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Micro-animal that uses UV radiation as fuel to shine blue adds another feather on its hat

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Tardigrades, meaning ‘slow steppers’, were described as ‘little water bears’ by Johann Goeze who made their discovery in 1773. Since then they have been a subject of close scrutiny in the scientific community for their unique properties.

These micro animals who can withstand extreme temperature, pressure, lack of water, food, are now believed to be immune to UV radiations as well. A recent study on an Indian genus of Tardigrades has revealed that these micro-animals are also known as ‘moss piglets’ can turn UV radiation in blue light.

According to a study conducted in India, the genus ‘Paramacrobiotus’ can withstand UV light within 100-280nm wavelength which is also called UV-C. In response to a lethal amount of exposure they use a protective florescent shield that absorbs UV-C and in turn, glows blue.

The research which was conducted at Indian Institute of Sciences, Bangalore, used a sample of moss found on the college campus.

During the examination Tardigrades were exposed to UV radiations for 15 minutes, that would have been more than sufficient to kill other Tardigrade species, the researchers explained. Instead of dying the newly found genus glowed blue to their surprise.

On further experimentation, the extract from the Paramocrobiotus was applied to another species of Tardigrade, H. exemplaris, and roundworm, some level of protection was detected in them as well. As they observed that 50% of the H.exemplaris were able to survive UV radiation, even after one or two days of exposure, after being treated with the extract.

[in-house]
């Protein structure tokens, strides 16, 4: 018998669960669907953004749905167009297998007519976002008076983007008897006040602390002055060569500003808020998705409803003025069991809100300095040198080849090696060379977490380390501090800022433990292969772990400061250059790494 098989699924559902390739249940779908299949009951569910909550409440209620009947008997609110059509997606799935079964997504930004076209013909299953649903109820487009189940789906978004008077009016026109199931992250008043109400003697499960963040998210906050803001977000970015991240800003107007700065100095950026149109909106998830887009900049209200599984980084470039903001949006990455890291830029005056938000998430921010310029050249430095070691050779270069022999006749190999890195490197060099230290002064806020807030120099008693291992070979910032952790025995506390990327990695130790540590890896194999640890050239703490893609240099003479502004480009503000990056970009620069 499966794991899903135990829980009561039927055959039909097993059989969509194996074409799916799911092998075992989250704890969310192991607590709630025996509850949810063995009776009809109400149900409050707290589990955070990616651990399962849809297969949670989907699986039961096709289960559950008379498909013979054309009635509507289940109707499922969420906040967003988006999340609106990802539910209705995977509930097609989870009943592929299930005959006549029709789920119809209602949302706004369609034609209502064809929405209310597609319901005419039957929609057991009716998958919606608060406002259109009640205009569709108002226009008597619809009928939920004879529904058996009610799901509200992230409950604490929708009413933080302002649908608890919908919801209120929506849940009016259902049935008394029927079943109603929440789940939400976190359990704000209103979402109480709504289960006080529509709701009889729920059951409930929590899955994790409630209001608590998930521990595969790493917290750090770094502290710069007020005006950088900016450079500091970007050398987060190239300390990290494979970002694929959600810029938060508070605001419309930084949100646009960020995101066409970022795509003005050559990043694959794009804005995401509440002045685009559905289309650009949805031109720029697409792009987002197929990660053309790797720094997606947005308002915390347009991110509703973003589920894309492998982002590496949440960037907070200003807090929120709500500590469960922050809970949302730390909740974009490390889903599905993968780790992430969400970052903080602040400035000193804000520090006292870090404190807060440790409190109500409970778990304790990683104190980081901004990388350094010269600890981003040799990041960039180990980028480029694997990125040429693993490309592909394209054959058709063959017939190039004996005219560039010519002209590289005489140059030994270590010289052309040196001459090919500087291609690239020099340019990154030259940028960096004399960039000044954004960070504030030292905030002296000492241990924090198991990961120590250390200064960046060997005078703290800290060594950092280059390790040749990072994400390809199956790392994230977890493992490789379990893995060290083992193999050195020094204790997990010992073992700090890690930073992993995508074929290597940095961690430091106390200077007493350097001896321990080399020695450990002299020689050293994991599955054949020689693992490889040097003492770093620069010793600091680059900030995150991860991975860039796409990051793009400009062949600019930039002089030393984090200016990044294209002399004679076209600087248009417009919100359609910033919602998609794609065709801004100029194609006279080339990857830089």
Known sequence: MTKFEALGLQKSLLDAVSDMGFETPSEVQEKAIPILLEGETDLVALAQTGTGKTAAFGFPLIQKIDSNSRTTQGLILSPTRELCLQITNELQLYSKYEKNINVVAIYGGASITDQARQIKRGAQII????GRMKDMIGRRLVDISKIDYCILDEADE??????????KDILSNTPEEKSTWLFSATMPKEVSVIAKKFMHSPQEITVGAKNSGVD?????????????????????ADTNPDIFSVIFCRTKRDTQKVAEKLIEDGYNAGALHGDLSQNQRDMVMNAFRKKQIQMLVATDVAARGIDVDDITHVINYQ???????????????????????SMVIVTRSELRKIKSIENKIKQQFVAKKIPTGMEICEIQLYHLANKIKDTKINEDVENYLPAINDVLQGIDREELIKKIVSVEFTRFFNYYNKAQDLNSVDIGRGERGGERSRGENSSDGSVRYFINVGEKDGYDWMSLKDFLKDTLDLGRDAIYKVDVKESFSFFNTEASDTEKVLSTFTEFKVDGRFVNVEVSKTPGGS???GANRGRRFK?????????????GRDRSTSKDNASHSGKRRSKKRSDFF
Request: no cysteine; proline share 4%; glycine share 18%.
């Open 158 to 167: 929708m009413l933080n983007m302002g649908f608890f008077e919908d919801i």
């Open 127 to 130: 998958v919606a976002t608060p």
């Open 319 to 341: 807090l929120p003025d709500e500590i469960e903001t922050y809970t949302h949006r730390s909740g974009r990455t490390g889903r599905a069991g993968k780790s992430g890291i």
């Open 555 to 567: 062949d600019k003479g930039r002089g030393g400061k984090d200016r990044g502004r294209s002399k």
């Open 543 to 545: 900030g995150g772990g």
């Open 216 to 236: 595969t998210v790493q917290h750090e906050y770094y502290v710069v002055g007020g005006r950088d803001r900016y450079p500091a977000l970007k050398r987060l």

Criticism

Expert on Tardigrade’s  Lukasz Kaczmarek, a biologist at Adam Mickiewicz University, Poland, commented that the study does not focus on the mechanism that could be a result of some protein that Tardigrades produce on UV exposure.

“We also do not know if it is a characteristic feature of the species studied or rather for the majority of tardigrades exposed in their natural environment to high doses of UV radiation,” he added.

Extraordinary powers of Tardigrades

They have been subject of many studies and have come out with flying colors. According to previous experiments, Tardigrades can survive in temperature above 150 degree Celsius. In the dry state, these water dwelling creatures can remain dormant for as long as 10 years and again revive themselves. They can survive in a vacuum as well as six times the pressure at Mariana Trench.

A recent study also revealed that they can withstand nuclear radiation equivalent to spending one day at Chernobyl’s heart of the accident which happened in 1986.

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